Can You Give Your Indoor Cat the Sniffles? How Human Colds Affect Feline Friends


Can your indoor cat catch a cold from you? This is a common question many cat owners have, especially when people and felines are sneezing and sniffling at the same time. Colds in humans are usually caused by rhinoviruses, which do not infect cats. However, cats can develop upper respiratory infections caused by other viruses and bacteria. Understanding how these feline upper respiratory diseases are transmitted and if humans play a role is important for any cat owner aiming to keep their pet healthy.

Can Cats Get Human Colds?

Cats and humans have different immune systems, so human viruses like cold viruses do not directly infect cats ( The viruses that cause the common cold in humans are species-specific, meaning they have adapted to infect and transmit between humans but not other animals like cats.

This is because viruses bind to specific receptors in the cells of the respiratory tract in order to infect them. But the receptors on human cells and cat cells are different enough that human cold viruses cannot bind to and enter cat cells ( So while cats can get respiratory infections that have similar symptoms, they do not catch the exact same viruses that give humans colds.

Cats have their own set of feline-specific upper respiratory viruses that can cause them to develop cold-like symptoms. But these are not the same viruses that make humans sick. So while a human cold may look similar to a feline upper respiratory infection, cats cannot directly catch colds from humans.

Feline Upper Respiratory Infections

Feline upper respiratory infections (URI) are common in cats and are caused by a variety of bacterial and viral pathogens. The most common causes of feline URI are the feline herpesvirus, feline calicivirus, Chlamydophila felis, and Bordetella bronchiseptica 1. These pathogens infect the upper respiratory tract, including the nose, throat, sinuses, and windpipe, leading to inflammation and characteristic URI symptoms.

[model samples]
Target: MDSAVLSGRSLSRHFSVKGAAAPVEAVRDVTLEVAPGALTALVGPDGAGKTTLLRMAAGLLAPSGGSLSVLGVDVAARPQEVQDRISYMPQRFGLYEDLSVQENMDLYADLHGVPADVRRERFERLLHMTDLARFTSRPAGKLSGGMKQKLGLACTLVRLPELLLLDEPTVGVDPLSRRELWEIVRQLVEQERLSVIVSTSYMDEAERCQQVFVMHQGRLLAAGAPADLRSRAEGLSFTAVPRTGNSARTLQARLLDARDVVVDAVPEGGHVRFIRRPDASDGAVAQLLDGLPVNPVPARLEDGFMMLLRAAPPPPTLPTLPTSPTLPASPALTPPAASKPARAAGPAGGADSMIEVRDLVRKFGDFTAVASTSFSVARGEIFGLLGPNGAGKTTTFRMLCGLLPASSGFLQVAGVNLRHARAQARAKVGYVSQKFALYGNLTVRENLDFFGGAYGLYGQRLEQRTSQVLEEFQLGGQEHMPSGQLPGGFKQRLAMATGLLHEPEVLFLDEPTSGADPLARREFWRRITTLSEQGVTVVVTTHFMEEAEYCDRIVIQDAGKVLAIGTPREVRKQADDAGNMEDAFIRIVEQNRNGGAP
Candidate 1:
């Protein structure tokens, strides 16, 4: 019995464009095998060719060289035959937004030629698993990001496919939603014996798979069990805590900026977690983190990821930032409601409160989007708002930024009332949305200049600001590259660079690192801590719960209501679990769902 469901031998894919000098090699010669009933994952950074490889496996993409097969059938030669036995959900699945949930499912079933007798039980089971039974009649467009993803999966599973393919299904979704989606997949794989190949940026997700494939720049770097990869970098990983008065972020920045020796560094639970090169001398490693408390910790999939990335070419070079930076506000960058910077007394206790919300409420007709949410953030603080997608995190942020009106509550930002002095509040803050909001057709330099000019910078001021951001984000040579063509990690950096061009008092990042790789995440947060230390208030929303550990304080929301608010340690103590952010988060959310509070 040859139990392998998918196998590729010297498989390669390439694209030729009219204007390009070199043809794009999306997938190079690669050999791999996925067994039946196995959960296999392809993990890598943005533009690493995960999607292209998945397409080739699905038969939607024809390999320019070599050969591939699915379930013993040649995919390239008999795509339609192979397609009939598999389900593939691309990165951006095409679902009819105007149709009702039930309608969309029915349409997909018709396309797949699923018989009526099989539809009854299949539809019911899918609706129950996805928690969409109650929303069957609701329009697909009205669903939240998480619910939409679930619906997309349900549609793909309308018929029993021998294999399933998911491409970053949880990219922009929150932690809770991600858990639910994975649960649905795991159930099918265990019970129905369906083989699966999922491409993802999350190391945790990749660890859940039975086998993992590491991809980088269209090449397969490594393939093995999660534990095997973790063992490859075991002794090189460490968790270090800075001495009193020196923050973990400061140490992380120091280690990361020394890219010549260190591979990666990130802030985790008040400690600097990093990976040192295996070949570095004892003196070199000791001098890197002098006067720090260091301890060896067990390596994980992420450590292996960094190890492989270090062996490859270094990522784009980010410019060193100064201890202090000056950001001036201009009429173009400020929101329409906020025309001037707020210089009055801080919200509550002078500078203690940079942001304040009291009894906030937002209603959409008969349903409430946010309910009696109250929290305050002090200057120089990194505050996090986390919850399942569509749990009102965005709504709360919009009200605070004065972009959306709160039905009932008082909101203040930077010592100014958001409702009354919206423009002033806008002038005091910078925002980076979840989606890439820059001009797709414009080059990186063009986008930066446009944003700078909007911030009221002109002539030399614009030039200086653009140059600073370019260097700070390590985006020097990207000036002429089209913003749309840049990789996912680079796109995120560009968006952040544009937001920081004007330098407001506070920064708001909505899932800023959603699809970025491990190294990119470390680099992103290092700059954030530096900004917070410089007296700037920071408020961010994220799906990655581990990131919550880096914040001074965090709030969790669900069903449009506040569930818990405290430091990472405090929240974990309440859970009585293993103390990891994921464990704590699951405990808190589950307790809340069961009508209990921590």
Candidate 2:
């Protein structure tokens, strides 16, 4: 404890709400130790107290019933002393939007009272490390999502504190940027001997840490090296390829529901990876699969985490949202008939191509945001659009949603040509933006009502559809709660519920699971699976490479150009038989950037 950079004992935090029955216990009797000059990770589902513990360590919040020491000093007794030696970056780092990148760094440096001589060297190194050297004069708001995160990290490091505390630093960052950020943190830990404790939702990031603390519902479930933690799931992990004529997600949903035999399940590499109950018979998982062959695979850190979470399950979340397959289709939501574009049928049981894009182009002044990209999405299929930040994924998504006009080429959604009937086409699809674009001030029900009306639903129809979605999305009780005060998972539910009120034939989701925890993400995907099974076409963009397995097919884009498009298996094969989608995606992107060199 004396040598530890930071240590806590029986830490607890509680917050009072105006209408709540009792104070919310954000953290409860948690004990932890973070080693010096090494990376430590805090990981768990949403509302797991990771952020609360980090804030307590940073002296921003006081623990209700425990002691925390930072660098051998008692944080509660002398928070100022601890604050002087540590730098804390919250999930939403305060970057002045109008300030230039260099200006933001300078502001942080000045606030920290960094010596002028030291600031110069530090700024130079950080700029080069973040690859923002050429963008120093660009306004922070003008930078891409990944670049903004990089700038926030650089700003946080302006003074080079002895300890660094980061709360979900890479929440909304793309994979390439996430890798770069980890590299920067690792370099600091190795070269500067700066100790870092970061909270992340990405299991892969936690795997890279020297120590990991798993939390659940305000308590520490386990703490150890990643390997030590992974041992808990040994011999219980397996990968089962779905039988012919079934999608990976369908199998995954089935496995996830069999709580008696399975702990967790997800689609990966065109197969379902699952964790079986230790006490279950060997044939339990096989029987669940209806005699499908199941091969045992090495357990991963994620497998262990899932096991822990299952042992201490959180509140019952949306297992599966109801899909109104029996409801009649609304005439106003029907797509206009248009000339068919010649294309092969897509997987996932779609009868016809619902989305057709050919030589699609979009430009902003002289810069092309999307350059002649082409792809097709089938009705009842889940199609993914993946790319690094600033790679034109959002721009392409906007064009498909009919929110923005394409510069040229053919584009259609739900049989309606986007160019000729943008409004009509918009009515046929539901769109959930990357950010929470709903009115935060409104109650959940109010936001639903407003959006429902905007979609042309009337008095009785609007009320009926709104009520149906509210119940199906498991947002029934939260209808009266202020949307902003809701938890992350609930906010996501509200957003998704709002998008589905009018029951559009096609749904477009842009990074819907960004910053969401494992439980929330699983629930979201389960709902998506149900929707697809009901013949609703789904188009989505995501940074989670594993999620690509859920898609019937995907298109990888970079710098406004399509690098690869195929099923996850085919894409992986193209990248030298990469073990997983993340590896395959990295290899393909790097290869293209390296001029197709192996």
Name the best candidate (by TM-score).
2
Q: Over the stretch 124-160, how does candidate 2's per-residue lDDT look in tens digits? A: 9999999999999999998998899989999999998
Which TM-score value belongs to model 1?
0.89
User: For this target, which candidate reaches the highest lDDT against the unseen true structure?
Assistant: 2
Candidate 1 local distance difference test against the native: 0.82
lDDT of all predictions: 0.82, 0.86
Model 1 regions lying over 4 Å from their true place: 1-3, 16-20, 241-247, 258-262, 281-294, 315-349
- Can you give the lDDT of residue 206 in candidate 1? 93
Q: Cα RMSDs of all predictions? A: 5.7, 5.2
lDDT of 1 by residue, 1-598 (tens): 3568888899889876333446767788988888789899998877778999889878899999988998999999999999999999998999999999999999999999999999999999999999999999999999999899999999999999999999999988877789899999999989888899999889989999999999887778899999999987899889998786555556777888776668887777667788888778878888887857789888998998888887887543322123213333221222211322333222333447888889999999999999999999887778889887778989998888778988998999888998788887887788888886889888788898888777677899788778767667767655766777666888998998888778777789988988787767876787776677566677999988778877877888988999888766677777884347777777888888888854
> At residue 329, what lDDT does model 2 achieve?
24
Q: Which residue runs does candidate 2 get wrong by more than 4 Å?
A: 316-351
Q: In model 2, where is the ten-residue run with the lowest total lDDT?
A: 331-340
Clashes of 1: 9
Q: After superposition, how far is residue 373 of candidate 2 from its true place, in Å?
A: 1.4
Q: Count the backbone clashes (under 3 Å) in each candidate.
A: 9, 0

Common symptoms of feline URI include:

  • Sneezing
  • Nasal congestion and discharge
  • Conjunctivitis (inflammation of the eyes)
  • Ocular discharge
  • Coughing
  • Gagging or retching
  • Lethargy
  • Loss of appetite

Feline URI symptoms can range from mild to severe based on the causative agent, the cat’s immune status, and other factors. Prompt veterinary care is recommended for affected cats.

Transmission of Feline URI

Feline upper respiratory infections are highly contagious between cats. The viruses and bacteria that cause URI are spread through direct contact and exposure to contaminated objects and environments. Even strictly indoor cats are at risk if they come into contact with other infected cats.

Boarding facilities, shelters, and multi-cat households are high-risk environments for transmitting upper respiratory infections between cats. When cats are housed together in close quarters, respiratory pathogens can easily spread through sharing food bowls, litter boxes, bedding and through sneezing, coughing and nasal secretions. Viruses like feline herpesvirus can also be shed continuously by carrier cats without symptoms and infect susceptible cats.

Bringing a new cat into a home with other cats substantially increases the risk of spreading URI. Shelters and boarding facilities should isolate cats during intake and have protocols for sanitization and disease prevention.